In-person co-op

This is facilitated, in part, because Arizona recently opened up their ESA program where I get the state allocation of education funding for each of my three children to supplement their education. I can pay for the tutors, online classes, and in-person in a tailored way.

And my kids are far ahead of their peers, get to do things and go places and see things their peers can't. They also only spend about 3-4 hrs a day in their academics freeing up even more time for art, experiments, writing, and play. It's amazing.

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Jun 26Liked by Erik Hoel

I myself was homeschooled (from 6th grade on) and did pretty well with it: 1510 SAT and now a VP of Pricing for an industrial tools company. And we've homeschooled our kids, three of whom have now graduated high school (and one just graduated college, while the second wrapped up her second year.)

That said, I'd agree with the "mixed bag" comments. Homeschooling families come in all types, and some are far better at it that others. As it becomes increasingly common, it would make sense that it would also become increasingly average in performance.

However, what inspired me to comment is actually the child protective services point. Depend on how that 37% is defined, it doesn't necessarily shock me, and that's one of the reasons why among more "free range" type parents you get the strong emotions about CPS.

On the one hand, having friends and relatives who have worked as paramedics, a lot of CPS calls relate to serious neglect as a result of parents who are strung out on drugs and not paying much attention to their kids.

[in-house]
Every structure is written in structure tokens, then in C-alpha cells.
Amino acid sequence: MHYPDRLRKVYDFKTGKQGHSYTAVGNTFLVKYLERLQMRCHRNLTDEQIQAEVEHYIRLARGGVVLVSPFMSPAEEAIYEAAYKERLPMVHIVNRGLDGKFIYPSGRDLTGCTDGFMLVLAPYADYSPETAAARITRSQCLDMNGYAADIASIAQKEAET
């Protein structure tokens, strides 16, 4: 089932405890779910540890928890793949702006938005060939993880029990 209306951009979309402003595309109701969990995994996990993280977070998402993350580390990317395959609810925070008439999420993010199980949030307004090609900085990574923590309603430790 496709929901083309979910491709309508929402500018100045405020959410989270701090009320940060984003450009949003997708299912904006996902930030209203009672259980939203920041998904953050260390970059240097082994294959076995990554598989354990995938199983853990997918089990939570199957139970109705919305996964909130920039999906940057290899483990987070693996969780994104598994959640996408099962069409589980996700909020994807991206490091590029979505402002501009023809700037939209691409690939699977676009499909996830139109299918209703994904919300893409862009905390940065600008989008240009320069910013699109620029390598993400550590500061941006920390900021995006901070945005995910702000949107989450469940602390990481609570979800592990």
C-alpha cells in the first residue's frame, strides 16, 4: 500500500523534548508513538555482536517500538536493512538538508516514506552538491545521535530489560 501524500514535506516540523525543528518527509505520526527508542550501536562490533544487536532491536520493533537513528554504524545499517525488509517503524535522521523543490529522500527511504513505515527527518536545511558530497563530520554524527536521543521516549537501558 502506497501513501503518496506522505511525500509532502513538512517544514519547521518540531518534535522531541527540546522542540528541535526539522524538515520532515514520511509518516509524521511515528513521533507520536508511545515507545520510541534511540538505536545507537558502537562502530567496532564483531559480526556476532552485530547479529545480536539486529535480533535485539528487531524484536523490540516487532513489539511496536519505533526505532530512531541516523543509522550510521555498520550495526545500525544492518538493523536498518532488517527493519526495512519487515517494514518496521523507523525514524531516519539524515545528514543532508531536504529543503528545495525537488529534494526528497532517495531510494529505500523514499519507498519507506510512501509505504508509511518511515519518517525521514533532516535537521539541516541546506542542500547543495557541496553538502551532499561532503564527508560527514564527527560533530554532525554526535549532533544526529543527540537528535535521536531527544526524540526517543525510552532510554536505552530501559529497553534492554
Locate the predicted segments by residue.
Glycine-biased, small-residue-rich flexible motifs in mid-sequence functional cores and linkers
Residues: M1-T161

On the other, it can be easy to get frivolous calls for being what not that long ago would have been called a normal parent. We had CPS called on us when one of our boys was three years old, because he'd let himself out one of the doors during the day and was sitting under the tree in the front yard watching for trucks to drive by on our sleepy one lane street. Some well intentioned (eyeroll) person walking by proceeded to call both the police and CPS. The kid was back in the house before either arrived. The police shrugged it off in minutes, but CPS insisted on inspecting the whole house, seeing if we had food, seeing the kids beds, interviewing all the kids, and then interviewing both of us parents. It was a terrible experience and really upset some of the older kids having a stranger poking through their lives like that. The end result: CPS provided us with a "best practices" sheet which informed us that if our kids found it too easy to open the door and get outside, we should use a safety lock.

All of which is to say: some totally normal event, combined with a nosy stranger, can results in a CPS investigation even when there is no reason to suspect abuse. We're now one of those homeschooling families that has been investigated by CPS, and I know enough other families which have had similar frivolous visits that it doesn't shock me that that combined with the kids who truly are neglected could start to stack up to a third.

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Extreme pedantry: it's Erdős not Erdös, Hungarian has an eclectic range of umlaut vowels. (Why yes, I have Erdős number 3, why do you ask? ;))